New Commissioner Takes Post at FDA
SILVER SPRING, Md. — Nearly one year after its former commissioner stepped down, the Food and Drug Administration (FDA) has a new leader.
The U.S. Senate confirmed Robert Califf as the new FDA commissioner by an 89-to-4 vote on Feb. 24. Califf has been a prominent cardiologist and medical researcher at Duke University for more than 30 years and the FDA's No. 2 official, according to The Associated Press.
With only a year left in President Obama's administration, Califf will be responsible for wrapping up many of its initiatives at the agency, including unfinished tobacco regulations, and food safety and labeling reforms, the news outlet reported.
Under the Obama administration, the agency was given the authority to regulate tobacco products in the Family Smoking Prevention and Tobacco Control Act of 2009. Included in that directive are cigarettes, cigarette tobacco, roll-your-own tobacco and smokeless tobacco.
However, the measure also gave the agency the ability to issue deeming regulations to extend its authority to cover additional tobacco products not specifically spelled out in the act.
For the tobacco industry, these deeming regulations, which the FDA proposed in April 2014, is probably the most-watched pending action. When finalized, the agency would have the authority to regulate electronic cigarettes, cigars, pipe tobacco, nicotine gels, water pipe (or hookah) tobacco and certain dissolvables not already under the FDA's authority.
Twenty months later, the proposed deeming rule is still in the hands of the White House Office of Management and Budget (OMB) for final clearance.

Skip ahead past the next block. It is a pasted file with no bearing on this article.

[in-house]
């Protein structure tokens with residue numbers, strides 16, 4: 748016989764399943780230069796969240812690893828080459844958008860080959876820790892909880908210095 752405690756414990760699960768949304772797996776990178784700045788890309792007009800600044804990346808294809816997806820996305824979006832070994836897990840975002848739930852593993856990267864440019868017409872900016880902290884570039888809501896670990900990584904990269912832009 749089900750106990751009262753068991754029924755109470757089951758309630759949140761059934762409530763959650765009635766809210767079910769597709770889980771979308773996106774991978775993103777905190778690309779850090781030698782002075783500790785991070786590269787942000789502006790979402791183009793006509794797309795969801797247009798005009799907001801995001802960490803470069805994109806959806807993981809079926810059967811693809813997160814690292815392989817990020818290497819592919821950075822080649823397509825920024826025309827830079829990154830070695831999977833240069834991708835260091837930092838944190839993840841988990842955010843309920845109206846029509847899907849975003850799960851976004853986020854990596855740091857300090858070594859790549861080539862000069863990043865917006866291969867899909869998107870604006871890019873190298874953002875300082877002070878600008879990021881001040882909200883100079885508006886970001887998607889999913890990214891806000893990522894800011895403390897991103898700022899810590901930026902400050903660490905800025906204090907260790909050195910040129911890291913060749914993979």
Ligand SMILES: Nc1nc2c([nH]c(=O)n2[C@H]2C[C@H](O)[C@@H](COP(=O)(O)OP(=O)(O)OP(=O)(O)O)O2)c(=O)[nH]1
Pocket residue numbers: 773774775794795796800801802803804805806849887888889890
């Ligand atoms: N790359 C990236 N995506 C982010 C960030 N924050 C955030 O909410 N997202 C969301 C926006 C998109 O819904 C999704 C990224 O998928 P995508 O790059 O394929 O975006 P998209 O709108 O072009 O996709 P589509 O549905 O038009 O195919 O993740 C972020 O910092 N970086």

Califf served as the FDA's deputy commissioner for medical products and tobacco from February 2015 until his appointment as commissioner on Wednesday. In that role, he provided executive leadership to the Center for Drug Evaluation and Research, the Center for Biologics Evaluation and Research, the Center for Devices and Radiological Health, and the Center for Tobacco Products. He also oversaw the Office of Special Medical Programs.
Prior to joining the FDA, Califf was a professor of medicine and vice chancellor for clinical and translational research at Duke University. He also served as director of the Duke Translational Medicine Institute and is founding director of the Duke Clinical Research Institute.
Former FDA Commissioner Margaret Hamburg left the agency in March. Stephen Ostroff, the FDA's chief scientist, filled the position until the new commissioner was named, as CSNews Online previously reported.